Cancer is good at hiding.
It's so good that sometimes sick patients are sent home with a clean bill of health.
And screenings don't always help: A 2013 study by Oxford University found "no evidence" that screening programs are responsible for the decline in breast cancer, and a study by the Huntsman Cancer Institute last year found that colon cancer is missed in about 6% of colonoscopies.
A company is looking to change that margin of error by bringing a super-smart computer into the examination room.
"In one panel of scans that we looked at, when you look at the number of times that radiologists sent someone home with a clean bill of health, about 7% of the time that patient was ultimately found to have cancer," said John Zedlewski, a data scientist with Enlitic, a medical technology company.
When Zedlewski used Enlitic's algorithm against the same panel, there weren't any mistakes.
How does it work? Enlitic's technology uses machine learning -- which some say is a version of artificial intelligence. It takes medical information from one patient -- whether it's a CT scan, an X-ray or details about, say, a tumor -- and then converts it into a mathematical representation. It's then added to a large pool of data and compared to other patients who have experienced similar issues.
Think of it as crowdsourcing your symptoms. And not just with one or two people, but millions. The more data the computer has, the smarter it gets, and the more accurate the diagnoses.
At least that's the dream. But before this technology makes it to your local doctor's office, there are some barriers.
Accessing all that data isn't easy. Not only do individual hospitals have their own data-keeping practices, but every department within that hospital does too. That means the vast amount of medical records are locked in servers, vaults and so-called "data silos."
"Physicians are not very good in breaking those silos, " Dr. Igor Barani, Enlitic's chief medical officer, told CNN's Rachel Crane. "We need systems that actually mine this data and help us interpret it in a more meaningful way."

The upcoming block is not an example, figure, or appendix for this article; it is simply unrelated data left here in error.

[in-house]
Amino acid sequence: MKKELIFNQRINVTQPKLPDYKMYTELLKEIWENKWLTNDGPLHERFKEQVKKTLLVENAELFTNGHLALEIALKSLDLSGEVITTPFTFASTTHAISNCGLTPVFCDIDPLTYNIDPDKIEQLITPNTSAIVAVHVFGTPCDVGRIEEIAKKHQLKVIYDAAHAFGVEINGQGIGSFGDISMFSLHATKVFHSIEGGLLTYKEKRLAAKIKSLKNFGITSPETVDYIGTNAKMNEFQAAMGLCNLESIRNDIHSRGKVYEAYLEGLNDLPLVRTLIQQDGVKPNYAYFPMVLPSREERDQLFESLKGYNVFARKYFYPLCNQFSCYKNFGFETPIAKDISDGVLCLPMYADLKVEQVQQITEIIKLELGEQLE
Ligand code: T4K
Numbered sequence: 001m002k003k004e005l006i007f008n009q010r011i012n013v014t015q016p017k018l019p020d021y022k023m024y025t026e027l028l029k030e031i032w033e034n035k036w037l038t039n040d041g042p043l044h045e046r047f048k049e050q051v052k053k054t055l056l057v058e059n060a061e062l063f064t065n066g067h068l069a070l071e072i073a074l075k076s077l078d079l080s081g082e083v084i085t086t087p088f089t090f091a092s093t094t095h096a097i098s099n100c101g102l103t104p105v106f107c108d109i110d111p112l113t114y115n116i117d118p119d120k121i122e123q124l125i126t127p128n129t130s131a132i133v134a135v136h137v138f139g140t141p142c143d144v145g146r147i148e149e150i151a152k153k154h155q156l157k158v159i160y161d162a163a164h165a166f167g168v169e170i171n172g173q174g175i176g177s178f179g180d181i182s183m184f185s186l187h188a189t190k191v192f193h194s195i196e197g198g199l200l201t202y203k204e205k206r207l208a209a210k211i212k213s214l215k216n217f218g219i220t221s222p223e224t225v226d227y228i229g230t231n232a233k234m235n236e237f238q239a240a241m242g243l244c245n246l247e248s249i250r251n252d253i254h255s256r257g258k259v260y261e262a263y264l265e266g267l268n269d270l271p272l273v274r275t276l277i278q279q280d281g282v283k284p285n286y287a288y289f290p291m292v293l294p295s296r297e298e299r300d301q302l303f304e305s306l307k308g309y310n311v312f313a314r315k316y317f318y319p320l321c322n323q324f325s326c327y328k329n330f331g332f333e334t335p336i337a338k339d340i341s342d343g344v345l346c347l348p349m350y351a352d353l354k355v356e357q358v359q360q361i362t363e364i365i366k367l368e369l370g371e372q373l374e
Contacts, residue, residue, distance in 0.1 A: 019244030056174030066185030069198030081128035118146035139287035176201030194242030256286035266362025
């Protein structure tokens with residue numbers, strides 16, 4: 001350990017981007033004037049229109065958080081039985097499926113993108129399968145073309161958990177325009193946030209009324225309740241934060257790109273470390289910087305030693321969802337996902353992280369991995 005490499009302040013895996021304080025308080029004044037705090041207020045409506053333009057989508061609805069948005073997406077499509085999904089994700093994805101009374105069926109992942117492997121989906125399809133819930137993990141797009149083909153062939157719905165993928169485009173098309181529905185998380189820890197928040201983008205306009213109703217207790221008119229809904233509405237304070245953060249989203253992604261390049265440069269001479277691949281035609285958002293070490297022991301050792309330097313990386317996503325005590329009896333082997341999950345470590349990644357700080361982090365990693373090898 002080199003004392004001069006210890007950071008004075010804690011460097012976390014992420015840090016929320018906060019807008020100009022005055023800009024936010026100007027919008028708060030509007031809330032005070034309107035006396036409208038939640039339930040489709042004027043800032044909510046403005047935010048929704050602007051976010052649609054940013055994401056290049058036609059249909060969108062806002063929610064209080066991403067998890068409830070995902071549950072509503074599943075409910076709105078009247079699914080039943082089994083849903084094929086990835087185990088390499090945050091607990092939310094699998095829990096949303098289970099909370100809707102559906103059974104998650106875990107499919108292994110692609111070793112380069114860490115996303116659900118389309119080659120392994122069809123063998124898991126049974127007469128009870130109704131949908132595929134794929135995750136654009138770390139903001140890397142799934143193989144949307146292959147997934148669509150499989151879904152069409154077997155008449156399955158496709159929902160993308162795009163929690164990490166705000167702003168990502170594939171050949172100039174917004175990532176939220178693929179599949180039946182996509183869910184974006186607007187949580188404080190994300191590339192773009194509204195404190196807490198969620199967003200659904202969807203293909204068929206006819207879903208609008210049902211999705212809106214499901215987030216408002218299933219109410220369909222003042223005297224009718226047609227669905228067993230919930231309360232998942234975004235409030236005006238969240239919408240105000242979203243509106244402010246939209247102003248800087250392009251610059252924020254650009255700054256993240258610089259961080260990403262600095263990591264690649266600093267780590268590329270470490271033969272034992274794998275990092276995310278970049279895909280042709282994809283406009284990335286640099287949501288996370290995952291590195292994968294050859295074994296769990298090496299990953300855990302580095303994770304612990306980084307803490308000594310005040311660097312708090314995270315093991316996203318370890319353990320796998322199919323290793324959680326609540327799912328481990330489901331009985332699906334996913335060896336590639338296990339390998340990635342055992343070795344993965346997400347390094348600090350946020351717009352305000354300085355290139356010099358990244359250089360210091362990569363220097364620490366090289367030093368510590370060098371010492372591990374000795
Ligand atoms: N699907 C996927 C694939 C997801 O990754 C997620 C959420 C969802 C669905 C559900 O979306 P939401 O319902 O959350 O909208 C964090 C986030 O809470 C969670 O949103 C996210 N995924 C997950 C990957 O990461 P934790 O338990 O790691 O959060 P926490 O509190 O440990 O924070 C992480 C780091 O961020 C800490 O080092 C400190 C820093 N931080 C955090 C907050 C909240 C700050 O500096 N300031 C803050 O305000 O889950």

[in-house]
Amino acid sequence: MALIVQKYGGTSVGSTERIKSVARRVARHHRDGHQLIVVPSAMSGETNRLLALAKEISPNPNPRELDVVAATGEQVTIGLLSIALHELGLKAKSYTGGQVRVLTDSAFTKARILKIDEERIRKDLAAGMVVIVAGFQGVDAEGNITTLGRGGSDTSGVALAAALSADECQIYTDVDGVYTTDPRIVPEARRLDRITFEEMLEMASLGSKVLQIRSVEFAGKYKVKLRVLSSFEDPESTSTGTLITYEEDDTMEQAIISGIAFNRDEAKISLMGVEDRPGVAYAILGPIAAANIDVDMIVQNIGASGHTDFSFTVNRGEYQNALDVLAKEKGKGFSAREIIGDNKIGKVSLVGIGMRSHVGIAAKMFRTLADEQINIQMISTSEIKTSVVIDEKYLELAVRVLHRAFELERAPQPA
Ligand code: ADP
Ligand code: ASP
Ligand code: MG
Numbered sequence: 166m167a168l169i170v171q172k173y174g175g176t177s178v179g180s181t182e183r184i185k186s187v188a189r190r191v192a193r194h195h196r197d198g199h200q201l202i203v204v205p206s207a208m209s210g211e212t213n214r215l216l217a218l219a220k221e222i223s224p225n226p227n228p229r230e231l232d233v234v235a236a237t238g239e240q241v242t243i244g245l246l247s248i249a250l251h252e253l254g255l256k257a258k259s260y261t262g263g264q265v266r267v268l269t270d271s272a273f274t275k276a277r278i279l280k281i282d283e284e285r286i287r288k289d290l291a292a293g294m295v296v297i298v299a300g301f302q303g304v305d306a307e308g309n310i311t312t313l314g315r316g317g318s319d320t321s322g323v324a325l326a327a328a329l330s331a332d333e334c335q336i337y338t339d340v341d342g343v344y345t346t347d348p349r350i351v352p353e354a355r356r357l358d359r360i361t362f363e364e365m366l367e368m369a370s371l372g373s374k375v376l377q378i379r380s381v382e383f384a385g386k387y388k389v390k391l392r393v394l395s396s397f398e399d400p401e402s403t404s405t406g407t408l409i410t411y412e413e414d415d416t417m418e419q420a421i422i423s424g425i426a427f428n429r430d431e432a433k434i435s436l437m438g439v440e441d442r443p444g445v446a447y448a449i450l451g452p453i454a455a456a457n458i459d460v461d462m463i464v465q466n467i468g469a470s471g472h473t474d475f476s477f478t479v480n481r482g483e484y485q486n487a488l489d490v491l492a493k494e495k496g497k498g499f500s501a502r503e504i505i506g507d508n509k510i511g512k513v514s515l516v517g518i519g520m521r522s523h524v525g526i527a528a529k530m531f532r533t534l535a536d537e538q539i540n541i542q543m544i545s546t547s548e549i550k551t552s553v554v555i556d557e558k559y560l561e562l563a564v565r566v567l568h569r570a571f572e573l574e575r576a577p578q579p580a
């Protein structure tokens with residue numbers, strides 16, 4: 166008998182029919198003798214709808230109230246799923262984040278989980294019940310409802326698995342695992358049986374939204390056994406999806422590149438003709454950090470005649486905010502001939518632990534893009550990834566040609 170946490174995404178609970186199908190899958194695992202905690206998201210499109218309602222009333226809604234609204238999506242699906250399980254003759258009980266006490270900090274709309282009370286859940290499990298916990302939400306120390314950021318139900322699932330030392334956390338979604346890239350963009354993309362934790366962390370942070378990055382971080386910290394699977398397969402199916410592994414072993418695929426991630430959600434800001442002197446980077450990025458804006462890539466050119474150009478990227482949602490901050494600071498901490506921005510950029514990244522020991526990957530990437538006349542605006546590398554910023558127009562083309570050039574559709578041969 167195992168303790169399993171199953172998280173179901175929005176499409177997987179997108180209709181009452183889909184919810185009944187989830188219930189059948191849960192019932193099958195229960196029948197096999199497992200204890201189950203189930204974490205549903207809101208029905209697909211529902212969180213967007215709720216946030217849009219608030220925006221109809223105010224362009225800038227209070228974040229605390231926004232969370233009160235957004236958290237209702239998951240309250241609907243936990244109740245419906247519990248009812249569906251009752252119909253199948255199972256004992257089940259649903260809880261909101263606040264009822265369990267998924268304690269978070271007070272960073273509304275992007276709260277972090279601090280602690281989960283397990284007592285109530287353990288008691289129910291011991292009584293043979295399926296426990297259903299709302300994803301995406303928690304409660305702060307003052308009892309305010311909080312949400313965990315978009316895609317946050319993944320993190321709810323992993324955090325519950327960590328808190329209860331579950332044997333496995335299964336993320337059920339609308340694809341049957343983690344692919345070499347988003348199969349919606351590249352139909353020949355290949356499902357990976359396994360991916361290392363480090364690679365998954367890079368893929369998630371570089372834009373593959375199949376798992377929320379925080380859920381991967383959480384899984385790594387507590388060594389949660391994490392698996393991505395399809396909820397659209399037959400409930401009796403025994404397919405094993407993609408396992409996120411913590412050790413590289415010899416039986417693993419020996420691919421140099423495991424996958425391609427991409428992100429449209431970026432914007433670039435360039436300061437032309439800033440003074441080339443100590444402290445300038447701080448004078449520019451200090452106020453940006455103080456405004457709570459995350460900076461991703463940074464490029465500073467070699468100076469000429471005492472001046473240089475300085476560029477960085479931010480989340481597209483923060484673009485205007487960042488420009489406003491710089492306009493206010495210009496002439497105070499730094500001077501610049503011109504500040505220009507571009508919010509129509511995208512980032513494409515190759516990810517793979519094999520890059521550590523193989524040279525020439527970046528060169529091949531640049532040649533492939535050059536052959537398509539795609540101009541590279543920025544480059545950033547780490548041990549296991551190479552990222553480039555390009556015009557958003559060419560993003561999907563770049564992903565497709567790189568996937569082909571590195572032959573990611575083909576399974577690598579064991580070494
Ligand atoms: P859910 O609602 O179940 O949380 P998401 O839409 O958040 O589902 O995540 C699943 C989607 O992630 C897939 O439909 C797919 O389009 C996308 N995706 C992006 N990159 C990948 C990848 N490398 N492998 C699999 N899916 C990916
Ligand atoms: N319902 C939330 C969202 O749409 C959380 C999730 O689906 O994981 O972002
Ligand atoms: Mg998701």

Additionally, some clinics and hospitals still use paper to keep records. Digitizing all that, and changing the way doctors and nurses keep records, is going to take time. This is especially important for older patients.
"A lot of older people have seven, eight doctors. All those charts are scattered in the wind and don't really talk to each other," said Dr. Ajay Choudri, a radiologist who advises Enlitic. "The first part of getting a massive computer involved in managing people is to get all the data in one spot."
The government is working on that.
Under a recent law, all hospitals must digitize records this year (other health providers are incentivized to do the same). It's a start, but a more comprehensive strategy is needed, according to the Government Accountability Office.
Enlitic isn't going to wait around.
The company has formed partnerships with hospitals and academic institutions, and has secured $3 million more in funding, adding to the $2 million it had when it was founded last year.
It's also the only company building a system like this. There are some startups that tackle other parts of medical care, like Iodine, which is trying to get better data about drugs, and Theranos, which is working to make medical testing easier.
But Enlitic is putting it all together -- radiology, pathology, genomic, electronic medical records and more. The company is hoping its technology will hit the market in the next couple of years, and thanks to its algorithms, lives will be saved.
Might not be such a bad idea to have a super computer looking over your doctor's shoulder.
CNN's Rachel Crane contributed reporting.